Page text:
In one embodiment, the cleaning liquid 293 includes a relatively high vapor pressure liquid, such as acetone or alcohol, that evaporates from the polishing pad 116 before the post-operative portion 114 of the polishing pad 116 returns to the platen 120. Accordingly, the body 251 of cleaning head 250 can be eliminated. Alternatively, the vessel 290 can include other liquids 293 (such as water) that do not evaporate as readily as acetone or alcohol, in which case the contact elements 280, the heating element 285, and/or the gas manifolds 160 discussed above can remove excess liquid from the rear surface 119 of the polishing pad 116 before the polishing pad 116 returns to the platen 120.

One feature of an embodiment of the apparatus 210 shown in FIG. 3 is that the cleaning vessel 290 cleans the polishing pad 116 without direct mechanical contact other than that resulting from the roller 222. Accordingly, the likelihood for abrading the polishing pad 116 during cleaning is reduced when compared with some conventional devices. The likelihood for abrasion can be further reduced by drying the polishing pad 116 with the heater 285 or with gas from the gas manifold(s) 160 (FIG. 2) or by allowing the cleaning liquid 293 to evaporate before the polishing pad 116 returns to the platen 120.

FIG. 4 is a partially schematic, top isometric view of a portion of a planarizing apparatus 310 having a platen 320 that supports the polishing pad 116 (shown in phantom lines) in accordance with another embodiment of the invention. In one aspect of this embodiment, the apparatus 310 includes a support pad 311 positioned between the rear surface 119 of the polishing pad 116 and an upwardly facing support surface 322 of the platen 320. The platen 320 can further include a channel 325 that extends around the perimeter of the support pad 311 and has an upwardly facing opening adjacent to the rear surface 119 of the polishing pad 116. The channel 325 is coupled with a conduit 326 to a pressurized gas source 327 and a vacuum source 328. A valve 323 in the conduit 326 can be manually or automatically controlled to connect either the gas source 327 or the vacuum source 328 with the channel 325.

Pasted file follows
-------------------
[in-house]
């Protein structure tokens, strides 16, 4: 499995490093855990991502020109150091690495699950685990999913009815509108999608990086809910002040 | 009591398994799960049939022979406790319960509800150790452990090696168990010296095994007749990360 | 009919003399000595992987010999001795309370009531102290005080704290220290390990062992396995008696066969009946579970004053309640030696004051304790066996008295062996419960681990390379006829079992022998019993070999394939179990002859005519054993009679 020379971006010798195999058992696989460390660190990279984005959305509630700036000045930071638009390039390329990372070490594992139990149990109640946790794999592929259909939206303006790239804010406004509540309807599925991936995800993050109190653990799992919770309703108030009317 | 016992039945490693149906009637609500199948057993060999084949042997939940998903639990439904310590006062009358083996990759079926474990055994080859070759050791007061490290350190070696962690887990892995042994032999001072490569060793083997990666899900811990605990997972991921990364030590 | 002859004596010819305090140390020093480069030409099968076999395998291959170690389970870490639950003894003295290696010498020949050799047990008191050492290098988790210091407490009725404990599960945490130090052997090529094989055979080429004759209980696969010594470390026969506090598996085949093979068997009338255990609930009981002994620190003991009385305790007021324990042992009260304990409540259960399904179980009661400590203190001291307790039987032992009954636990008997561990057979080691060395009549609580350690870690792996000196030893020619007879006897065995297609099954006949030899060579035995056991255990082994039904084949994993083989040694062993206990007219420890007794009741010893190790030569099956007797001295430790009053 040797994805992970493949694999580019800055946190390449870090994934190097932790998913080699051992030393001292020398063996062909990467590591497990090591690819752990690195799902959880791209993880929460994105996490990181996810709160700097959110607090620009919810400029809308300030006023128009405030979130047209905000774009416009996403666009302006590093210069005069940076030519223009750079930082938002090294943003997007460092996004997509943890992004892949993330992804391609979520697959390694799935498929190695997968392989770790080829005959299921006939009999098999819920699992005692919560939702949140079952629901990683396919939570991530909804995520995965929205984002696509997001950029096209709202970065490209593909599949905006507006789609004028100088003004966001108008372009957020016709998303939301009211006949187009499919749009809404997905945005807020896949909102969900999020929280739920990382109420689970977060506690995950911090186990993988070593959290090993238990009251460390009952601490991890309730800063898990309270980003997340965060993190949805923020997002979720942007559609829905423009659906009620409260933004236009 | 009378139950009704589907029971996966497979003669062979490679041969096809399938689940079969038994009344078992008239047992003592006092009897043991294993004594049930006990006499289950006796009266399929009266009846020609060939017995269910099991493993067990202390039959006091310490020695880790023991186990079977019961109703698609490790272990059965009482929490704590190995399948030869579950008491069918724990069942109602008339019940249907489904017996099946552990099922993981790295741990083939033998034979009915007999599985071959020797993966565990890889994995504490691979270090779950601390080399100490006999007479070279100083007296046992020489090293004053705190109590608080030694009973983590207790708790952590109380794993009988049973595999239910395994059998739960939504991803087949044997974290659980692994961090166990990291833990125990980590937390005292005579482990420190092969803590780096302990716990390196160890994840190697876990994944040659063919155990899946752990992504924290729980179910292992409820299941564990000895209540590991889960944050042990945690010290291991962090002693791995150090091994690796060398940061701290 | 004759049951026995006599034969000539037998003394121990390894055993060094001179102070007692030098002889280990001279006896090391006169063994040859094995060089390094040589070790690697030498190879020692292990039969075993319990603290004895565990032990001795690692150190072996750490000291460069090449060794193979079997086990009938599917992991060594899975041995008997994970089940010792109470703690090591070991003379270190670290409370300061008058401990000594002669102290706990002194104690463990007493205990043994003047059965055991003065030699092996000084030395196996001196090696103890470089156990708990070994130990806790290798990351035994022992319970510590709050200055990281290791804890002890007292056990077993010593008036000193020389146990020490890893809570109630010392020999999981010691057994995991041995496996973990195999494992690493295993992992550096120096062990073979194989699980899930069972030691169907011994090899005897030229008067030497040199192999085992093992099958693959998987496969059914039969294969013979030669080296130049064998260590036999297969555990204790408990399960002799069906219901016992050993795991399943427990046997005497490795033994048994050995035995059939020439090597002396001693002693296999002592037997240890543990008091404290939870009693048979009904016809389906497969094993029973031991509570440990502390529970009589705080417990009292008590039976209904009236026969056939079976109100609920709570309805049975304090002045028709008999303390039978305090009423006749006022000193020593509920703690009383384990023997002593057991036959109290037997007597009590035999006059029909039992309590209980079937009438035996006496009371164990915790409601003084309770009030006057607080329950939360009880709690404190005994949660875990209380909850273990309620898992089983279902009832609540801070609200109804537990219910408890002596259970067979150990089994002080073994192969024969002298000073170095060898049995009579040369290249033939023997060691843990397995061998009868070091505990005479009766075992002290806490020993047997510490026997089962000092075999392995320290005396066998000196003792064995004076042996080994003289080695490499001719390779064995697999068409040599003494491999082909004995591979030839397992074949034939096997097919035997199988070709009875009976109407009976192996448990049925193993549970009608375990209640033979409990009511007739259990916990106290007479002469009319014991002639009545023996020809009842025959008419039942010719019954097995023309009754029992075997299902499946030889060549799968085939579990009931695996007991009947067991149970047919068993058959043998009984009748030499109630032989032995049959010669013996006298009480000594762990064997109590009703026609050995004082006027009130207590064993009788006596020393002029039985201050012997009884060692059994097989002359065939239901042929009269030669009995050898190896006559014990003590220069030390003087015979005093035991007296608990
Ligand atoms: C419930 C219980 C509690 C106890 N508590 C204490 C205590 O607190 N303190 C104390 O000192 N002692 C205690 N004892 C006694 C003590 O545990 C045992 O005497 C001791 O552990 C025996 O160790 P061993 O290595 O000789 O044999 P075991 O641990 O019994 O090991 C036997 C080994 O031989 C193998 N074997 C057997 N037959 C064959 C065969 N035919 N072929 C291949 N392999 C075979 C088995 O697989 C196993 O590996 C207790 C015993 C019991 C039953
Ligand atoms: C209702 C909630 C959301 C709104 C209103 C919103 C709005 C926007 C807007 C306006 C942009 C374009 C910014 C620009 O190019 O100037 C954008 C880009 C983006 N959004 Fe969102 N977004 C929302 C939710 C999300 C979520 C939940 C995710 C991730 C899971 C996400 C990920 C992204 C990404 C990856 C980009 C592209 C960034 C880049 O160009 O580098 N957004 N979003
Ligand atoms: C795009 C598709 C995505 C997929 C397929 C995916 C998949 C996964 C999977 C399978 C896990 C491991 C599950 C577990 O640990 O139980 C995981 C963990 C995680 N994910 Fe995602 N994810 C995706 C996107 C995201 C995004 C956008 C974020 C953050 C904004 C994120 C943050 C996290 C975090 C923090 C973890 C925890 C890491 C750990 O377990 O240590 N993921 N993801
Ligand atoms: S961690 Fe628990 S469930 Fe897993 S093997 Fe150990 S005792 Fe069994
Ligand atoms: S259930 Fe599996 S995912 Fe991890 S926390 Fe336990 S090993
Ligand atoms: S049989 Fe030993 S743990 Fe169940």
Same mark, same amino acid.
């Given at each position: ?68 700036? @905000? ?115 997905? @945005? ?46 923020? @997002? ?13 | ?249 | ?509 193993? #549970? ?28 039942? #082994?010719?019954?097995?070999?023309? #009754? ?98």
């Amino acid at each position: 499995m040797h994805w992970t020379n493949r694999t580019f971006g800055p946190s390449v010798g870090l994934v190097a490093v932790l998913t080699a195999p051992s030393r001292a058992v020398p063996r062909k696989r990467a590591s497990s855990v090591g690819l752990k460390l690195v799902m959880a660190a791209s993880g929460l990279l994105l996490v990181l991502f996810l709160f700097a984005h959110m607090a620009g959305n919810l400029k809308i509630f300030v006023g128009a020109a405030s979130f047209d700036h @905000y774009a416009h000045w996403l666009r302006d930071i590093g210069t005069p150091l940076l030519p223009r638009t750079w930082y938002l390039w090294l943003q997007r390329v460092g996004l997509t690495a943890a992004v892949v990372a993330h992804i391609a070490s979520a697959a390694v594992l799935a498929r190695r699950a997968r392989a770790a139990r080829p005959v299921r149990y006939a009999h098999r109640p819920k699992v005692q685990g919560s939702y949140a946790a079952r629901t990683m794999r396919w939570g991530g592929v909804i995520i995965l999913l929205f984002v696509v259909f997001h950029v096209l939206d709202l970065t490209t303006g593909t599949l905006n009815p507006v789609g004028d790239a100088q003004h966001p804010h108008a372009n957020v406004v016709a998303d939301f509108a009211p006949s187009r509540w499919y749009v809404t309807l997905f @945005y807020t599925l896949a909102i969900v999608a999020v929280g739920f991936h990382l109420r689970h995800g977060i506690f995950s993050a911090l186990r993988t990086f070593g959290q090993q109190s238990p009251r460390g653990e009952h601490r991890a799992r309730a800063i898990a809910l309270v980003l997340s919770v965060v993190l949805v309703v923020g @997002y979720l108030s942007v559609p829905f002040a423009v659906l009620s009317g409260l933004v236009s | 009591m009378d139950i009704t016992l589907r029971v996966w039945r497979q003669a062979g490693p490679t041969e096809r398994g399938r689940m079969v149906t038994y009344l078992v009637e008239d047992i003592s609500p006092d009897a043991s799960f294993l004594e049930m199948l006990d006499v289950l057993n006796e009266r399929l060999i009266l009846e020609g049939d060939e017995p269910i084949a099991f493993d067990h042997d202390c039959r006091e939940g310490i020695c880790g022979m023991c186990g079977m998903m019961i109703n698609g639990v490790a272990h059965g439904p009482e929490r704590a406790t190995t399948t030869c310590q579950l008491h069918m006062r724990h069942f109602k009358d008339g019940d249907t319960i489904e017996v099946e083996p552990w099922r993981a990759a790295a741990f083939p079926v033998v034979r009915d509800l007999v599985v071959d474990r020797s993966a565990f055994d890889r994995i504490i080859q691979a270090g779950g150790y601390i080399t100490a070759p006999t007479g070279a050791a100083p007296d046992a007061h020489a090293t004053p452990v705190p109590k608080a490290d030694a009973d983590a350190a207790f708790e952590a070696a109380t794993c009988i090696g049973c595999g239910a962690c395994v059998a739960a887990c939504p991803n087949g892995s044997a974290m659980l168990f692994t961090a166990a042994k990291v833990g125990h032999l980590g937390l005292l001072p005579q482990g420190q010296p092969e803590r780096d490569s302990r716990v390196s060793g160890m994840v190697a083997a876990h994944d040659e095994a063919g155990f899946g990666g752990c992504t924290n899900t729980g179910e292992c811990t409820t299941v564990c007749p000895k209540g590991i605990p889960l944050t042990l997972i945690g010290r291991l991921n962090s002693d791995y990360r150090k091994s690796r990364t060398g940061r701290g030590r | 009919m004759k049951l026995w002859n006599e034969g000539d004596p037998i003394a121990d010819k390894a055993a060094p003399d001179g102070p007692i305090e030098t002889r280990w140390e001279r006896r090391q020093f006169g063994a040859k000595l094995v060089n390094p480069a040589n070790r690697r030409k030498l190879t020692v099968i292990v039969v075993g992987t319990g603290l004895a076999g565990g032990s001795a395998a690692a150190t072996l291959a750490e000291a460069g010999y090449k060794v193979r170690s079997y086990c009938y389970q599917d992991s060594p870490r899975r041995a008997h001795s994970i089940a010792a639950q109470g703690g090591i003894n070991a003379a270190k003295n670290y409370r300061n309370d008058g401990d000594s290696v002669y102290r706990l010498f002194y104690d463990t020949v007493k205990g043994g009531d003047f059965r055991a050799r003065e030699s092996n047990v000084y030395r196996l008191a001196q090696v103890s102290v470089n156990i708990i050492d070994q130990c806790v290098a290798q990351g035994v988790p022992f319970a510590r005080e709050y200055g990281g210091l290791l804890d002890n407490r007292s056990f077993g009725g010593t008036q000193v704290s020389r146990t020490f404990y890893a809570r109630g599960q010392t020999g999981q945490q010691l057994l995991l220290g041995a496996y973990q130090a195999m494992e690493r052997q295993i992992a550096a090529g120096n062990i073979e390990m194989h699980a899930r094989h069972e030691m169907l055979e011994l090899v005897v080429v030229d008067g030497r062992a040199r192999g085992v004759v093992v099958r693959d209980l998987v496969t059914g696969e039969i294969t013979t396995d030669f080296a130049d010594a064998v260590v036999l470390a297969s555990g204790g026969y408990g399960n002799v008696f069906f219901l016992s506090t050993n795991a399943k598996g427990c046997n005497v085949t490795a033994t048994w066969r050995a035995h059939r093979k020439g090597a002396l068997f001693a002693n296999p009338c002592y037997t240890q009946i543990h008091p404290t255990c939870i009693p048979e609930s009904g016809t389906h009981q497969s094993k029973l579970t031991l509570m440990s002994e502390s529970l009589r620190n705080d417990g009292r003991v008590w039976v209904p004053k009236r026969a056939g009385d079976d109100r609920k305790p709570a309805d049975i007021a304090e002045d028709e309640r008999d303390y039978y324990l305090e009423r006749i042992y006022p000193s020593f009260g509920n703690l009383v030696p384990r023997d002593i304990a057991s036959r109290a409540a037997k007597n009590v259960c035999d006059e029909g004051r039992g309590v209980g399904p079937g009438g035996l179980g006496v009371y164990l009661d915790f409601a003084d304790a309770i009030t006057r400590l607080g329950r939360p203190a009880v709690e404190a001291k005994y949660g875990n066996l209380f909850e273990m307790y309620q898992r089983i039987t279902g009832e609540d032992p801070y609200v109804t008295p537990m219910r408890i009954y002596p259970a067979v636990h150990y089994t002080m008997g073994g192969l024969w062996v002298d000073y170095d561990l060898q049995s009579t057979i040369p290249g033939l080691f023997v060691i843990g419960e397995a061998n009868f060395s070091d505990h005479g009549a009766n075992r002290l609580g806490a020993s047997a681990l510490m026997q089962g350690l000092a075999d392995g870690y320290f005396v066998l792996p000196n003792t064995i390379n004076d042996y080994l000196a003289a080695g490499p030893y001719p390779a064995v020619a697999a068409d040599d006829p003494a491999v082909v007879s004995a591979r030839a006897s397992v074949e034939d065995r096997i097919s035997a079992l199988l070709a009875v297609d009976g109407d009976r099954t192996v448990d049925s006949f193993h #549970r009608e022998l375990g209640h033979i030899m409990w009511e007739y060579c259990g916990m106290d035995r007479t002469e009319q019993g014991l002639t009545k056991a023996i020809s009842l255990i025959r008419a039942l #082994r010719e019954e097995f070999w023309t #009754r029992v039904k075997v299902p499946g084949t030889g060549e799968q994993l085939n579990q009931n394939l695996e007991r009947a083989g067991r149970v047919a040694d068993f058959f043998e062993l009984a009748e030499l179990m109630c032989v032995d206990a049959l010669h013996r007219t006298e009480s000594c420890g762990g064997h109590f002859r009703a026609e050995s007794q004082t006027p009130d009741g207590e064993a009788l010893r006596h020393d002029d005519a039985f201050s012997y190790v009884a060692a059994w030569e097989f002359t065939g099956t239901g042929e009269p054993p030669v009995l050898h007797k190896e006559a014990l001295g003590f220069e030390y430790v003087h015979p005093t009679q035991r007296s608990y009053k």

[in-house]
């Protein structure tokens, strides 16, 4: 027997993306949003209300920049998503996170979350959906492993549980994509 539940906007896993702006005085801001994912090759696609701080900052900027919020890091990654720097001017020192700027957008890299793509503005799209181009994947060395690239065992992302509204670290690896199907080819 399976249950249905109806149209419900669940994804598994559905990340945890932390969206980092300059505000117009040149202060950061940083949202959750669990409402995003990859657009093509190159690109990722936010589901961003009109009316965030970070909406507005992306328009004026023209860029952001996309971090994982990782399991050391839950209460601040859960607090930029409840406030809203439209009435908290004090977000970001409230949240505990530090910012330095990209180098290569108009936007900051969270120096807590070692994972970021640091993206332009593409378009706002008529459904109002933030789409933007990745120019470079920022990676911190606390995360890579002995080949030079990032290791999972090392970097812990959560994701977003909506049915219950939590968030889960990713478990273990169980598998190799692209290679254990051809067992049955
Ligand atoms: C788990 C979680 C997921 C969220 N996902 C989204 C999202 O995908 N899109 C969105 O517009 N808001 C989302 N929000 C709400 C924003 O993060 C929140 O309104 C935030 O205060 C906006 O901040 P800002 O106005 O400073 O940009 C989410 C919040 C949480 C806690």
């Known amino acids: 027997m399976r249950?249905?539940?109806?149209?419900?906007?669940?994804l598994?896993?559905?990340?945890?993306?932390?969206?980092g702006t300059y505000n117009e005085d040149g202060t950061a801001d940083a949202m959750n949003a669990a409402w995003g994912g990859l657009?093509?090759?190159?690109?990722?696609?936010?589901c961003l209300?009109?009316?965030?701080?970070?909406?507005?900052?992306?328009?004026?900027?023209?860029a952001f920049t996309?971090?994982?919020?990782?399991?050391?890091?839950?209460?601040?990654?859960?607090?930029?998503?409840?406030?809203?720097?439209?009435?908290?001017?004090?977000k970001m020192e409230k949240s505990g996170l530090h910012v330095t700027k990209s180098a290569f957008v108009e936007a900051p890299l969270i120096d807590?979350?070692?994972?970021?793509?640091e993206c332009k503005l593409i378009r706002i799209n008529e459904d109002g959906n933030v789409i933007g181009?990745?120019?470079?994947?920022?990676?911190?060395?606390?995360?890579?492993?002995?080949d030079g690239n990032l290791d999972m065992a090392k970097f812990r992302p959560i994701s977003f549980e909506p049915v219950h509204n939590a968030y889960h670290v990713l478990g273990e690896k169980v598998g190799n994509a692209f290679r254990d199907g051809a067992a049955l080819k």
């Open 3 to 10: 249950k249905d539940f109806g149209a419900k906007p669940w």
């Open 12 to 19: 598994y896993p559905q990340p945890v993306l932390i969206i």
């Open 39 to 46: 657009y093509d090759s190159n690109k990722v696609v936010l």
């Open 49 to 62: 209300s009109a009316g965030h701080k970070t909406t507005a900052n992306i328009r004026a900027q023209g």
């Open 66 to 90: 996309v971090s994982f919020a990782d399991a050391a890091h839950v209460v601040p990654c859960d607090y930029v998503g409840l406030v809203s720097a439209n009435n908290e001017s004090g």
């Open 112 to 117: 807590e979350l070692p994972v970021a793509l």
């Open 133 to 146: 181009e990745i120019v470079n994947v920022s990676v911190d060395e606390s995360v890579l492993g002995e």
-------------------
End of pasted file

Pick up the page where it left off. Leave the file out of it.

In operation, the valve 323 is adjusted to connect the vacuum source 328 with the channel 325 during planarization of the substrate 112 (FIGS. 2-3). Accordingly, the polishing pad 116 is drawn tightly against the support pad 311 to prevent unwanted movement of the polishing pad 16 which can result in non-uniformities in the substrate 112. When the polishing pad 116 is to be moved relative to the platen 320 (for example, to be cleaned according to one or more of the methods discussed above with reference to FIGS. 2-3), the valve 323 is adjusted to couple the gas source 327 to the channel 325. The gas source 327 pumps a gas (such as air) through the channel 325 to impinge on the rear surface 119 of the polishing pad 116 and flow to an interface region between the polishing pad 116 and the support pad 311. The pressurized gas separates the polishing pad 116 slightly from the support pad 311, allowing the polishing pad 116 to be more easily moved relative to the support pad 311 and the platen 320. Furthermore, the compressed gas can remove contaminants, such as liquid or solid debris, from the rear surface 119 of the polishing pad 116. Accordingly, an advantage of an embodiment of the apparatus 310 shown in FIG. 4 is that it can clean and dry the rear surface 119 and/or separate the rear surface 119 from the support pad 311 for moving the polishing pad 116 relative to the platen 320.